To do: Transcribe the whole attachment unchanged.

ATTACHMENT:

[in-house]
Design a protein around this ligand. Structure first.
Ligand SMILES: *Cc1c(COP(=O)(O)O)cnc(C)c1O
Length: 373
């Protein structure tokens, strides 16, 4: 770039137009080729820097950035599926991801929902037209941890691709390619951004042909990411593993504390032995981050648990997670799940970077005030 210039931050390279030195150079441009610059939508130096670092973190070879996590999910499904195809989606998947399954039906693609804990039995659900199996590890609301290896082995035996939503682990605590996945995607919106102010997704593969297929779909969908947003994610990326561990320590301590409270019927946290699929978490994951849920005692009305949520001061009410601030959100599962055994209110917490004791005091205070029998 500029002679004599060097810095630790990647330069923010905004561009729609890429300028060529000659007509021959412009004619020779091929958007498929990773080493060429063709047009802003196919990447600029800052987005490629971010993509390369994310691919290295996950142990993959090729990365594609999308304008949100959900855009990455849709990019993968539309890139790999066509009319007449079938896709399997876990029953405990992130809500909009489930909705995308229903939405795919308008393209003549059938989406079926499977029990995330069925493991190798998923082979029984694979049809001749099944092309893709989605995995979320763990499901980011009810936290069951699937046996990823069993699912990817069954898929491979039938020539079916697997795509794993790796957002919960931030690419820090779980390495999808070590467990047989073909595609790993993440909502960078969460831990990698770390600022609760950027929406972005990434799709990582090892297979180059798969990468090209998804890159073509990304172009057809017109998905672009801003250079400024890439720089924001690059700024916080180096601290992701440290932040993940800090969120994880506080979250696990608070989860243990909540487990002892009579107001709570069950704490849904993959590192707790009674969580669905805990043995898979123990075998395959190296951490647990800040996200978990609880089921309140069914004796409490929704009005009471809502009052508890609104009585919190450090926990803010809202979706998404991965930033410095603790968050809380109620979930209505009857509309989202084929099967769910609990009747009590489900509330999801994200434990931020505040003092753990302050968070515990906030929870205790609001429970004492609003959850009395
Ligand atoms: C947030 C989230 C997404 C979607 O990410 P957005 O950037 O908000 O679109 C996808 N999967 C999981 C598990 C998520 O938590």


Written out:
[in-house]
Design a protein around this ligand. Structure first.
Ligand SMILES: *Cc1c(COP(=O)(O)O)cnc(C)c1O
Length: 373
């Protein structure tokens, strides 16, 4: 770039137009080729820097950035599926991801929902037209941890691709390619951004042909990411593993504390032995981050648990997670799940970077005030 210039931050390279030195150079441009610059939508130096670092973190070879996590999910499904195809989606998947399954039906693609804990039995659900199996590890609301290896082995035996939503682990605590996945995607919106102010997704593969297929779909969908947003994610990326561990320590301590409270019927946290699929978490994951849920005692009305949520001061009410601030959100599962055994209110917490004791005091205070029998 500029002679004599060097810095630790990647330069923010905004561009729609890429300028060529000659007509021959412009004619020779091929958007498929990773080493060429063709047009802003196919990447600029800052987005490629971010993509390369994310691919290295996950142990993959090729990365594609999308304008949100959900855009990455849709990019993968539309890139790999066509009319007449079938896709399997876990029953405990992130809500909009489930909705995308229903939405795919308008393209003549059938989406079926499977029990995330069925493991190798998923082979029984694979049809001749099944092309893709989605995995979320763990499901980011009810936290069951699937046996990823069993699912990817069954898929491979039938020539079916697997795509794993790796957002919960931030690419820090779980390495999808070590467990047989073909595609790993993440909502960078969460831990990698770390600022609760950027929406972005990434799709990582090892297979180059798969990468090209998804890159073509990304172009057809017109998905672009801003250079400024890439720089924001690059700024916080180096601290992701440290932040993940800090969120994880506080979250696990608070989860243990909540487990002892009579107001709570069950704490849904993959590192707790009674969580669905805990043995898979123990075998395959190296951490647990800040996200978990609880089921309140069914004796409490929704009005009471809502009052508890609104009585919190450090926990803010809202979706998404991965930033410095603790968050809380109620979930209505009857509309989202084929099967769910609990009747009590489900509330999801994200434990931020505040003092753990302050968070515990906030929870205790609001429970004492609003959850009395
Ligand atoms: C947030 C989230 C997404 C979607 O990410 P957005 O950037 O908000 O679109 C996808 N999967 C999981 C598990 C998520 O938590």